Thursday, March 05, 2009

English as a First Language

First off, I am a science and technology person, and we are not known for our writing abilities. Second, I am possibly the world's worst speller. With that said, let's talk about the proper use grammar, especially in a professional setting. While I am usually not a member of the grammar police, I can only sit on the sidelines for so long and watch the English language get butchered by its native speakers.

What spawned this tirade? I just read an email from a colleague and it was like trying to decipher an encrypted message. Seriously, think Charlie from Flowers for Algernon.

First up: spelling. Professional correspondence, and I do count work related emails as professional correspondence, should not contain spelling errors. It just looks sloppy. Spell check is your friend. Most email and word processing programs have a spell check function. Use it. However, don't forget that spell check is only a first line defense. Always proof read your writing before you hit send. Spell check will sometimes make some interesting changes. Keep a dictionary handy or use an online dictionary if you are unsure of how something is spelled.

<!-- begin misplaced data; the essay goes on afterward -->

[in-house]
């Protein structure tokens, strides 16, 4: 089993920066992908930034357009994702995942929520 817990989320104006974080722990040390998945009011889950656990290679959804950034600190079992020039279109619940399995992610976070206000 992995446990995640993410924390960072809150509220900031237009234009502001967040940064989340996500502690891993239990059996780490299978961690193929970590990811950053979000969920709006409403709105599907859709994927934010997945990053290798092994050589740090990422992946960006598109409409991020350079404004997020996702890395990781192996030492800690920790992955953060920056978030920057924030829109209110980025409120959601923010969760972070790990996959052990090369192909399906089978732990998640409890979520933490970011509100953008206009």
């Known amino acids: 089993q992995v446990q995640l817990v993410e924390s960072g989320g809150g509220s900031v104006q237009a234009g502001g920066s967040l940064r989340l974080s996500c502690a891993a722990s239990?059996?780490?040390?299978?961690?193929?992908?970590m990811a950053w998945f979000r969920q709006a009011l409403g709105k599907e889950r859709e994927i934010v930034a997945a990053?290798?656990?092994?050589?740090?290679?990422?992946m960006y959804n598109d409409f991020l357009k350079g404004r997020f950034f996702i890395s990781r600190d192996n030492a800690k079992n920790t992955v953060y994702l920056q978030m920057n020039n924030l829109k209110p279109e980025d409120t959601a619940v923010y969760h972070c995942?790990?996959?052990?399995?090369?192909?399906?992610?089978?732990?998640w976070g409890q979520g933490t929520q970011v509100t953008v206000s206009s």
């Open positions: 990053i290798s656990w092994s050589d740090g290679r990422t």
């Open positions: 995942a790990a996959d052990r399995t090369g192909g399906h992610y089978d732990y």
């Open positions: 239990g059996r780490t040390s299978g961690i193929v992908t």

My personal grammar related pet peeve is misplaced apostrophes. Learn the difference between plural and possessive. Hint: the possessive form uses the apostrophe. For example, the room has two computers, not the room has two computer's.

Homonyms. Use the correct form of the word. For example, to/too/two and their/there/they're. If you're (note that I didn't say 'your') not sure, look it up. Spell check won't fix this for you. The word is spelled correctly. Sometimes it's hard. I only recently figured out affect (verb) and effect (noun).

Also, let's not forget about our friend the paragraph. The paragraph helps you group thoughts and makes your writing so much easier to read. Remember, white space is a good thing.

So please, take the time to proof read, if not for yourself, than for the person who has to read and interpret what you're trying to communicate. I just had to read the sentence 'I no there computer's are to years old.'. This really made my brain hurt.

**Bonus Game**
Identify any spelling and grammar mistakes that I made in this post and let me know about them in the comments.


BlueMule said...

you misspelled colleague in the second paragraph, and the word possessive twice in the 4th paragraph.

In the last paragraph (before the bonus) your second sentence is a fragment and should probably be part of the first sentence.

Of course, I had to drop the text into MS word in order to tell you all of that.

I run my email through spell check and like you, I believe that misspellings are things that should be left to personal emails and comments in blogs, not in professional emails or documents.


Quartermaster said...

I knew that I wouldn't be able to write that post without a couple of errors. I fixed the spelling mistakes. I can't have a good rant about spelling and grammar and then make errors myself.

Did you catch that I misspelled 'possesive' in two different ways? Double letters always throw me off.

And you're right about my sentence fragment.